Why away teams are winning more in the Premier League this season: Only most clinical teams survive in counter-attack savvy top flight

Trevor Steven
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West Ham have beaten Arsenal, Liverpool and Manchester City away from home this season, which is typical of a wider trend

You might not have noticed, but something strange is happening in the Premier League this season. All across the country, away teams are winning more frequently than home teams, and it’s stopping any single club from gathering maximum momentum.

Everton’s 3-2 win at West Brom on Monday was the 26th victory by the visiting side, while hosts have won just 24 fixtures. This pattern has kiboshed the belief that it’s hard to pick up points on the road and made the notion that home teams have an advantage look like a myth. That in turn is encouraging sides to be braver when playing away.

The psychological element is very important in football, yet there are also key tactical and personnel factors in operation. It’s no great secret that working hard in defence and breaking quickly works, but players now understand better how to play the counter-attacking 4-2-3-1 formation that has become de rigeur in the English top flight.

Better coaching may have contributed to that, and so has a higher quality of player. It’s no coincidence that the teams who have had the most success with this approach have bought well, and the vital attribute that scouts are increasingly being told to prioritise is pace. It is vital to this tactic, as it allows midfielders to break at speed and the formation to change from 4-5-1 to 4-2-3-1.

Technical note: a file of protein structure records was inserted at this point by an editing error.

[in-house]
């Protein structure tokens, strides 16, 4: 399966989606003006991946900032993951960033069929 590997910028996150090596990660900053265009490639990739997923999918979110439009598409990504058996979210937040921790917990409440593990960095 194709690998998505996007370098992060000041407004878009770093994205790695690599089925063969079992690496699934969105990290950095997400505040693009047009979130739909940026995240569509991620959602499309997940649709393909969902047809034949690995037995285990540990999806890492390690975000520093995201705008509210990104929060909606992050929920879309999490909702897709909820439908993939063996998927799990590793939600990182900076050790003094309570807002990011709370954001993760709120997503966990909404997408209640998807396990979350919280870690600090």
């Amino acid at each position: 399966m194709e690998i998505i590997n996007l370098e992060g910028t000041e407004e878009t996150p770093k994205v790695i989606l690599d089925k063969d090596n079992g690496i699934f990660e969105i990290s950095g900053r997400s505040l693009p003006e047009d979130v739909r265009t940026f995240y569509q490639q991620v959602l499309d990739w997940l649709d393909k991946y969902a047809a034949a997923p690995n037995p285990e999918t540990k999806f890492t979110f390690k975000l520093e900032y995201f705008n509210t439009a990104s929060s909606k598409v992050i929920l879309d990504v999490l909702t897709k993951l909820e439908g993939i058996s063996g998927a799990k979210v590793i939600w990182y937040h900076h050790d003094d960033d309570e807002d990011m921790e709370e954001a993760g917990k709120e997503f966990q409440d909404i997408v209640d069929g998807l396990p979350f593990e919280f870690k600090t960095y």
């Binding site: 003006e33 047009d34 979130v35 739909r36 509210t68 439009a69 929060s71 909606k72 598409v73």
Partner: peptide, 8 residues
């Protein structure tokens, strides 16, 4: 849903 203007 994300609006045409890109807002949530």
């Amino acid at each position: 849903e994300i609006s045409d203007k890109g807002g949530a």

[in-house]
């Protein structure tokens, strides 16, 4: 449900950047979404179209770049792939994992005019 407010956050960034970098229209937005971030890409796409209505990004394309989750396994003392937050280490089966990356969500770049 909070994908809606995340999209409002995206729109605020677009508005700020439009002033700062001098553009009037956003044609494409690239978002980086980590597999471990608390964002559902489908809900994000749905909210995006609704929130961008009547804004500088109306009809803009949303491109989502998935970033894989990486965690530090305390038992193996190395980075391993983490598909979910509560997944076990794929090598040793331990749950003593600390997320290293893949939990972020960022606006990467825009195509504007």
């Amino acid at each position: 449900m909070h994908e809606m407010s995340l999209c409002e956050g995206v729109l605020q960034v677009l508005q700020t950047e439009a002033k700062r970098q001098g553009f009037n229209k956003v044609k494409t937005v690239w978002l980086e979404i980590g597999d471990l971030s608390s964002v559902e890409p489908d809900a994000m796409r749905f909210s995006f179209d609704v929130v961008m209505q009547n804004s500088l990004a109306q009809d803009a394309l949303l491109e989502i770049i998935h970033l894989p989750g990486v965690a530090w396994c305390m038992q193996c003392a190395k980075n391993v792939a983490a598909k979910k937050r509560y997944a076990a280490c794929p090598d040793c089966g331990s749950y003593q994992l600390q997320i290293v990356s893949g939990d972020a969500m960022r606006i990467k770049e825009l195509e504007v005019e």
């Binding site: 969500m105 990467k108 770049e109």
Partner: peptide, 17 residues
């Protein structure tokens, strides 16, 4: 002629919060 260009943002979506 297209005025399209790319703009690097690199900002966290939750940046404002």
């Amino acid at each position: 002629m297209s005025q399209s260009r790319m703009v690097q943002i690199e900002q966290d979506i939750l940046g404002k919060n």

Manchester United top the Premier League after seven matches (Source: Getty)

Crystal Palace are a good example of a team that other sides are wary of because they play that way, using the pace of Yannick Bolasie, Wilfried Zaha, Jason Puncheon and Bakary Sako. West Ham, who brought in pace and guile during the summer, have had great success, winning at Arsenal, Liverpool and Manchester City, while Everton’s win at the Hawthorns means they have eight points from four away games.
The reason it works so well is because the pressure is on home sides to score first. If the hosts miss two or three chances, the crowd can become tense and the players anxious, and that plays into the hands of the away side. The longer the visitors can stay in the match, the more the home team will try to force the issue, sometimes trying too hard or taking too many risks, and that’s when gaps appear for away sides.


How, then, can home teams counteract the counter? Tactics are less important, as the hosts will likely play on the front foot, whether it’s a 4-3-3 or another formation. Instead, it boils to down to simply being clinical. If home teams can get their noses in front, they undo their opponents’ strategy. If they don’t, they become susceptible, so the first half of matches is all-important.
Manchester United have been the most consistent club in the Premier League this term, and find themselves top of the table after trailblazing Manchester City ran aground. United have hardly waltzed to the top; they have ground their way there in dogged fashion using a restricted formation. Yet they have been clinical, and all the signs suggest that quality will decide who sits in first place come May.

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